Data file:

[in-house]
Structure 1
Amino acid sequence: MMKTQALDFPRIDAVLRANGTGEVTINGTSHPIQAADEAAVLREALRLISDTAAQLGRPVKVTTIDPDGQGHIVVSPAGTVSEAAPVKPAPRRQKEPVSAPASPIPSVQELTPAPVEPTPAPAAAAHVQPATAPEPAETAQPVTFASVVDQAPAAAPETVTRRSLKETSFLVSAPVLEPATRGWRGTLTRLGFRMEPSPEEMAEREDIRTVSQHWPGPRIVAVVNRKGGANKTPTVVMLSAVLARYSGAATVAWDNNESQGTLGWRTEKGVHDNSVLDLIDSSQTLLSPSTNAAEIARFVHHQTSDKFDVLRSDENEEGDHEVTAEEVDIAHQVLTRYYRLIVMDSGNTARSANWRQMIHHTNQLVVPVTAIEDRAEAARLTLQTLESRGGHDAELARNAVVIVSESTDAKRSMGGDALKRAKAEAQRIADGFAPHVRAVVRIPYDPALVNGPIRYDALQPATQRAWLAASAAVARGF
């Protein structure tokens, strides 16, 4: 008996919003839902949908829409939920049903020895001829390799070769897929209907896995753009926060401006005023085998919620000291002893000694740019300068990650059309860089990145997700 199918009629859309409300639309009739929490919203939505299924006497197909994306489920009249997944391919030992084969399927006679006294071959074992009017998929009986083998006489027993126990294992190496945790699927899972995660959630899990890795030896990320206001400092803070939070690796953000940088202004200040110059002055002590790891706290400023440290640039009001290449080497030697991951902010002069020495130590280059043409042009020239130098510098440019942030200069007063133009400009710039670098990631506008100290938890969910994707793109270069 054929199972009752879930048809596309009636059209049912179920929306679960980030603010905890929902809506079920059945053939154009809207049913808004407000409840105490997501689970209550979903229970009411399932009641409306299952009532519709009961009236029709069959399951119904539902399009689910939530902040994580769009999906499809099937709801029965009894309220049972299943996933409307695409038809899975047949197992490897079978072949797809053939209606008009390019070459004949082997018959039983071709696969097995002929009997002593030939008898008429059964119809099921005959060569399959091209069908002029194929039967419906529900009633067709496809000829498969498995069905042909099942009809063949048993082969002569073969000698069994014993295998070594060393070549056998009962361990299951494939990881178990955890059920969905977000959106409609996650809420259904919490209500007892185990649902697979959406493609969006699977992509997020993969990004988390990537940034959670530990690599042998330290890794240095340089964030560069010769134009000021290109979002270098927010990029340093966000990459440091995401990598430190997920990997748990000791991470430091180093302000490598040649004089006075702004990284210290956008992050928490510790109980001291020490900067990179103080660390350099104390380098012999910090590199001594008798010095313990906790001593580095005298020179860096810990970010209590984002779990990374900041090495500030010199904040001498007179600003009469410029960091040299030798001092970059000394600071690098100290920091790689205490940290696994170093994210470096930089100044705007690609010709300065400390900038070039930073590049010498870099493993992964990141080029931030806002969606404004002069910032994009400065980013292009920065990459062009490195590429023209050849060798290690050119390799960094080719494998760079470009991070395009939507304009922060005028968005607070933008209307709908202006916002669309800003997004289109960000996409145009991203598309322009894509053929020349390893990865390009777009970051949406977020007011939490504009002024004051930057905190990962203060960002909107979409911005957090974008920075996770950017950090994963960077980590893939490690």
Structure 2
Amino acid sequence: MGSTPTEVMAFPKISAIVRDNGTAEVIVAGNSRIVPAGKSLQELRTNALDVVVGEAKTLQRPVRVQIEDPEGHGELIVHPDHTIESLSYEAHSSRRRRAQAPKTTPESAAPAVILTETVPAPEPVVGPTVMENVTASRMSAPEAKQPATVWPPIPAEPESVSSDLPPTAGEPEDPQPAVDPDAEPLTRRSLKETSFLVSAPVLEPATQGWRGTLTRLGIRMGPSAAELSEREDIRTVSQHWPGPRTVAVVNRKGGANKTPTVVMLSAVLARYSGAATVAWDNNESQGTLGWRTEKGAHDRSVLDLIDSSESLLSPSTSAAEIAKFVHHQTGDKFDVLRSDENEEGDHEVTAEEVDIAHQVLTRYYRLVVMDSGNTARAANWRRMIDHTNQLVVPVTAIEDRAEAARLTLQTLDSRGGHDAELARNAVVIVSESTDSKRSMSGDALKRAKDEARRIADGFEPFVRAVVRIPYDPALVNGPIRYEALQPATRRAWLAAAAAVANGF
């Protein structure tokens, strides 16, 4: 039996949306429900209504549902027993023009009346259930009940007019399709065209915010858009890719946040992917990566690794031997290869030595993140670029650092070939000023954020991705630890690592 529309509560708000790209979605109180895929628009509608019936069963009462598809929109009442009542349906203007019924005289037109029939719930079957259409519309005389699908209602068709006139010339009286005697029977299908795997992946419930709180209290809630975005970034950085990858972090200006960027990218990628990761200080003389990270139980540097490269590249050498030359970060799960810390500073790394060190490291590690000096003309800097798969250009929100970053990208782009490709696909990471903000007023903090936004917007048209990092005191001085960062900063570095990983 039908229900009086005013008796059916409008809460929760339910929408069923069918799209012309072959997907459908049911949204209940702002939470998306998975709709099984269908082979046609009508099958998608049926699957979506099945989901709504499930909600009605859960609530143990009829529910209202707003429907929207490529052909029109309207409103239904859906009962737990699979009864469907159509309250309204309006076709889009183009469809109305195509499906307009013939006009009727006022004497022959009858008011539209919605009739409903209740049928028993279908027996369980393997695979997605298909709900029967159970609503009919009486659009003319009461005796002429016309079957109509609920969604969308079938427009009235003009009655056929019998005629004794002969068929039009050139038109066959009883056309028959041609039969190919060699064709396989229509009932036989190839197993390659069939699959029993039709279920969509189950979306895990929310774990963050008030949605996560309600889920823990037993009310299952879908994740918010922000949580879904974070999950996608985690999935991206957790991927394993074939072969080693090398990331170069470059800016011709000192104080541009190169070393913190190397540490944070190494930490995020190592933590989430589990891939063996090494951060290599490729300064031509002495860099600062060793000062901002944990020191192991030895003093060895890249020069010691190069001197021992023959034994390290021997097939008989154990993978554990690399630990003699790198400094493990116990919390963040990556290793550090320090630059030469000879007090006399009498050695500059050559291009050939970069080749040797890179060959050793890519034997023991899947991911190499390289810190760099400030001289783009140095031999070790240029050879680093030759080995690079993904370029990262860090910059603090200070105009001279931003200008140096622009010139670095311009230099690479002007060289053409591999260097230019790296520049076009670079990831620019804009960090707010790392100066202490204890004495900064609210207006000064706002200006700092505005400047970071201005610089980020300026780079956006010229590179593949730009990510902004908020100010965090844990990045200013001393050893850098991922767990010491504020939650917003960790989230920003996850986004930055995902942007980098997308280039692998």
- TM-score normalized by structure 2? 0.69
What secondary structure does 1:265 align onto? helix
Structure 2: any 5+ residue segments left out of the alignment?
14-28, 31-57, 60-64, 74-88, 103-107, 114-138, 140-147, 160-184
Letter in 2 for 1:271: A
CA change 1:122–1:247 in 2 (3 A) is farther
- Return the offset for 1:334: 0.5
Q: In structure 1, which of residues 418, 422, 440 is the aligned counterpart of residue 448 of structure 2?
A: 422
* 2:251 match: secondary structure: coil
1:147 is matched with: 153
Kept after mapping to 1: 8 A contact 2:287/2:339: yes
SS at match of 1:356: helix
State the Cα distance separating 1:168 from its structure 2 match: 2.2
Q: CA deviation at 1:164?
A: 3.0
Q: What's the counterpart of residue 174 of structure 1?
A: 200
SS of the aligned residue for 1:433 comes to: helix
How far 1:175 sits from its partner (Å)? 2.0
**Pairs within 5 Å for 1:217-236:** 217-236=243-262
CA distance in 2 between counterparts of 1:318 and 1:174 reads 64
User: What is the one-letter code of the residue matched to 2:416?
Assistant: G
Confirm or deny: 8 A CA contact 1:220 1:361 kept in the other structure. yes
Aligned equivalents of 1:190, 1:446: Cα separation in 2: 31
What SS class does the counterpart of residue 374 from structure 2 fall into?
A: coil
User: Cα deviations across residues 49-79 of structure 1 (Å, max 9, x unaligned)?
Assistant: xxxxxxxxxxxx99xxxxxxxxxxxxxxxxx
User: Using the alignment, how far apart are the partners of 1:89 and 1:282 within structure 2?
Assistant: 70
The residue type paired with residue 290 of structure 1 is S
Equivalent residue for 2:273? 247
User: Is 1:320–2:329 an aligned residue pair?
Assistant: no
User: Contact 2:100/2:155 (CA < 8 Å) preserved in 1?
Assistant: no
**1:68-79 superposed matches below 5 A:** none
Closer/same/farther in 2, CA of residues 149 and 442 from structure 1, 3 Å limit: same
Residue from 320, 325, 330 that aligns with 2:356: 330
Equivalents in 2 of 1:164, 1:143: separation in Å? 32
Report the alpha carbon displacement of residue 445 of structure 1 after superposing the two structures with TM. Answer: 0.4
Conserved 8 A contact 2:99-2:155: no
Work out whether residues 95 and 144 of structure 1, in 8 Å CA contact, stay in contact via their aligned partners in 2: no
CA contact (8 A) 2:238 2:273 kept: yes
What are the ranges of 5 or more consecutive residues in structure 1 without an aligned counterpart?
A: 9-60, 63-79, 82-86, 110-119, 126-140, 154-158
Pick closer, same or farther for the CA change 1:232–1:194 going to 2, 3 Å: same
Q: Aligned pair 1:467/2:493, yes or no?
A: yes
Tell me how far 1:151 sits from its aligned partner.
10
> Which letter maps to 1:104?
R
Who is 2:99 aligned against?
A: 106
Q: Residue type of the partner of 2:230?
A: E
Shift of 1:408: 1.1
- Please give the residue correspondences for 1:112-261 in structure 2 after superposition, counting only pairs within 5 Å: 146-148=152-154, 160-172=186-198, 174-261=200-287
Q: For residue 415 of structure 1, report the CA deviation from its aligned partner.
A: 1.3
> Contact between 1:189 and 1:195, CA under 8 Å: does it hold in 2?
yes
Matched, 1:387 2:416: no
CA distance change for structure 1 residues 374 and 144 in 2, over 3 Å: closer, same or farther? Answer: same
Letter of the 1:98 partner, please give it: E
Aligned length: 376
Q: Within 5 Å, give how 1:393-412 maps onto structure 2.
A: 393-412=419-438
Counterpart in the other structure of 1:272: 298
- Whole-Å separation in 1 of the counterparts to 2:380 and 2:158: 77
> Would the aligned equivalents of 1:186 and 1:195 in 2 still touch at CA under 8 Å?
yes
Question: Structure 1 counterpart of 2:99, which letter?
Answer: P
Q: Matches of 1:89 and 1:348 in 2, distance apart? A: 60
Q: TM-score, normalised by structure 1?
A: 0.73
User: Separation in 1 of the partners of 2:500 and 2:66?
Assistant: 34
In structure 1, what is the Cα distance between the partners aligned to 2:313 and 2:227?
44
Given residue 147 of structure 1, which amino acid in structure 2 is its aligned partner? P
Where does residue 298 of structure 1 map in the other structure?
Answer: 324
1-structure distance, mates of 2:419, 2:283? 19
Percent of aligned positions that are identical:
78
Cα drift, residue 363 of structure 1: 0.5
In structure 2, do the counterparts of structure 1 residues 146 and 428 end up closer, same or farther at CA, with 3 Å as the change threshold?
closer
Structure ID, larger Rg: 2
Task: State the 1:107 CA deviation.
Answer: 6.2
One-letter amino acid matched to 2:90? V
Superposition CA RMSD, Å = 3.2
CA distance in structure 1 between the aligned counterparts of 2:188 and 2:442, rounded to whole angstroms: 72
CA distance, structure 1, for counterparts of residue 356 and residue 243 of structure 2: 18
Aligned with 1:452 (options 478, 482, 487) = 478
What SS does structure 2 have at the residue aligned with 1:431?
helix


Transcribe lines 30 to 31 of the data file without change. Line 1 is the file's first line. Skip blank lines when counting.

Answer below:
User: What is the one-letter code of the residue matched to 2:416?
Assistant: G